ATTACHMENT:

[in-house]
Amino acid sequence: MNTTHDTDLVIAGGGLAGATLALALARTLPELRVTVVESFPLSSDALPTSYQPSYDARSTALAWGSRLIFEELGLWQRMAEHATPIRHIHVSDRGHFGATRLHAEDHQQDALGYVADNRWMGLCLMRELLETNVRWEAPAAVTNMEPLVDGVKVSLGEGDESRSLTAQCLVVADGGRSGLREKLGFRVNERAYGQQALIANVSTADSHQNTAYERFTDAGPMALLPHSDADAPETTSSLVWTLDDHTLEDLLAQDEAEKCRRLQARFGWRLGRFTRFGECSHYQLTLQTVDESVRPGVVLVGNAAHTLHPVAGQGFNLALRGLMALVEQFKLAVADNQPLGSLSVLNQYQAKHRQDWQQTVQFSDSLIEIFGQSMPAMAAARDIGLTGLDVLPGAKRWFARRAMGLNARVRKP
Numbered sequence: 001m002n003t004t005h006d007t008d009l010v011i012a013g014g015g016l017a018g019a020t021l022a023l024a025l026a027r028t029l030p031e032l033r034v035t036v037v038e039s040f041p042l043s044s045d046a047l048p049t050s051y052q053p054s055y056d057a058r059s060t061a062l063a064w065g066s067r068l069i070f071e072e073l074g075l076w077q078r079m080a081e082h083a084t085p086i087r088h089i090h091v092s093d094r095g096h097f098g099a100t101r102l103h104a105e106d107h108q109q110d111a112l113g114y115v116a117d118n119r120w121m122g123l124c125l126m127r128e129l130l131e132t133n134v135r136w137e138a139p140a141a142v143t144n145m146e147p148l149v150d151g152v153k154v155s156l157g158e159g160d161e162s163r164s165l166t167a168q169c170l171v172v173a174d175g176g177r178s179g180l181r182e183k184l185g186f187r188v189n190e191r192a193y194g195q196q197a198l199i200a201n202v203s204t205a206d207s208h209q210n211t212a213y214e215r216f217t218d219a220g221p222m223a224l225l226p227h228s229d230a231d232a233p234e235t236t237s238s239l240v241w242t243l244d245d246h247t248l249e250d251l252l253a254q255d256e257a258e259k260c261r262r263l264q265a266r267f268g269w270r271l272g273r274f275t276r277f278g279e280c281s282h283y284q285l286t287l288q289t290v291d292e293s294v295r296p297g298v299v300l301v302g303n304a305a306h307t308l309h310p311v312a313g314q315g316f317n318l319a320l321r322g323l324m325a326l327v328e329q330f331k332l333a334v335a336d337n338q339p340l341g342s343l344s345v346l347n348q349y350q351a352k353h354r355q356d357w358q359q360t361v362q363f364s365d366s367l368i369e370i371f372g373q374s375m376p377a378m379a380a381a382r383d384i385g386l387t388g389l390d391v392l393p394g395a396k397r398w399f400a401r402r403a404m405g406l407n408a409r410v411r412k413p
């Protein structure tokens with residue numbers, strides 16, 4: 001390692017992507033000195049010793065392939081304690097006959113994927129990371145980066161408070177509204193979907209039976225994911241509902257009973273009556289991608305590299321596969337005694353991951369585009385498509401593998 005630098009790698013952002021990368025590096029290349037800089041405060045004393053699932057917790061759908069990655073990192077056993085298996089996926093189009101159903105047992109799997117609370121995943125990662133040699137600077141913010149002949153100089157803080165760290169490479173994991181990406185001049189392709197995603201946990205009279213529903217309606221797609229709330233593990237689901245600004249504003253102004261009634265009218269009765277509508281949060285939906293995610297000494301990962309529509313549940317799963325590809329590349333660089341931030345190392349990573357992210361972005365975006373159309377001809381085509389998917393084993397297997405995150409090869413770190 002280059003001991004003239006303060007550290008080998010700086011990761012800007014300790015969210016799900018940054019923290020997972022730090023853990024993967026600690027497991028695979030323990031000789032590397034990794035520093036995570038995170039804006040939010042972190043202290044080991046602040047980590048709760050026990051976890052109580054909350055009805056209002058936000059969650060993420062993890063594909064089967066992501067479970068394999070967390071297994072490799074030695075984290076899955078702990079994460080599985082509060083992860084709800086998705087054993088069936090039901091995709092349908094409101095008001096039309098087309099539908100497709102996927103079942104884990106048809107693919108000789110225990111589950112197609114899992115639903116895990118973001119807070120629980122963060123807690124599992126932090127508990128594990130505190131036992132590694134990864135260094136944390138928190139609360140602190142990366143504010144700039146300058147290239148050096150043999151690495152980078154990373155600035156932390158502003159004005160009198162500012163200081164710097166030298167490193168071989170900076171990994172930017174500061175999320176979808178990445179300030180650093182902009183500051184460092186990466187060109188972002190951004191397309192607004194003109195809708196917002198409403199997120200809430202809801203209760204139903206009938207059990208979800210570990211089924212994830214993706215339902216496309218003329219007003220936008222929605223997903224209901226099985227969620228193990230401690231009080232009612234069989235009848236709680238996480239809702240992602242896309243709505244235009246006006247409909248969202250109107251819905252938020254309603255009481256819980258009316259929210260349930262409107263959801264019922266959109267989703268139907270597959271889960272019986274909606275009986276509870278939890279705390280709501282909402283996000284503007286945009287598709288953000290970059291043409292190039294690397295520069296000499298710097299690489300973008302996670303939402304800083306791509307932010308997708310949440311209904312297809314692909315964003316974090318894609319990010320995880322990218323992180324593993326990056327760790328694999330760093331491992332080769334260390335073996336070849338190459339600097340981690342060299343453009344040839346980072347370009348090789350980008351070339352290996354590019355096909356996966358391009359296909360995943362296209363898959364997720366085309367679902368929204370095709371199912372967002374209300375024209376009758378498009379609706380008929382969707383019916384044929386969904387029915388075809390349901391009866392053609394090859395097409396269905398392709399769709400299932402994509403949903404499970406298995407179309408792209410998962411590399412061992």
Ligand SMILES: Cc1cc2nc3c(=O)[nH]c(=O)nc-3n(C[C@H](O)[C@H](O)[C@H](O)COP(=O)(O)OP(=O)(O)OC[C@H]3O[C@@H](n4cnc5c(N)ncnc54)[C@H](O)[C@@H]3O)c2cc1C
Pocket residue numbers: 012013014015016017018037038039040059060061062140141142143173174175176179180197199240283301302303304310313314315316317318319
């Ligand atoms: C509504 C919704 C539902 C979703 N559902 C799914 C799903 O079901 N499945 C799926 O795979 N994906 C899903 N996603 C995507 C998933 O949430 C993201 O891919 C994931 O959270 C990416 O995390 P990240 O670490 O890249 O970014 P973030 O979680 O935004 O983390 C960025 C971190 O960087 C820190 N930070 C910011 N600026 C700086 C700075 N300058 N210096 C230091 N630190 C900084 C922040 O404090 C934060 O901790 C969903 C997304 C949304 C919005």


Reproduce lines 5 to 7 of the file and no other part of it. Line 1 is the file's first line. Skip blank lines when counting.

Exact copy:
Ligand SMILES: Cc1cc2nc3c(=O)[nH]c(=O)nc-3n(C[C@H](O)[C@H](O)[C@H](O)COP(=O)(O)OP(=O)(O)OC[C@H]3O[C@@H](n4cnc5c(N)ncnc54)[C@H](O)[C@@H]3O)c2cc1C
Pocket residue numbers: 012013014015016017018037038039040059060061062140141142143173174175176179180197199240283301302303304310313314315316317318319
């Ligand atoms: C509504 C919704 C539902 C979703 N559902 C799914 C799903 O079901 N499945 C799926 O795979 N994906 C899903 N996603 C995507 C998933 O949430 C993201 O891919 C994931 O959270 C990416 O995390 P990240 O670490 O890249 O970014 P973030 O979680 O935004 O983390 C960025 C971190 O960087 C820190 N930070 C910011 N600026 C700086 C700075 N300058 N210096 C230091 N630190 C900084 C922040 O404090 C934060 O901790 C969903 C997304 C949304 C919005």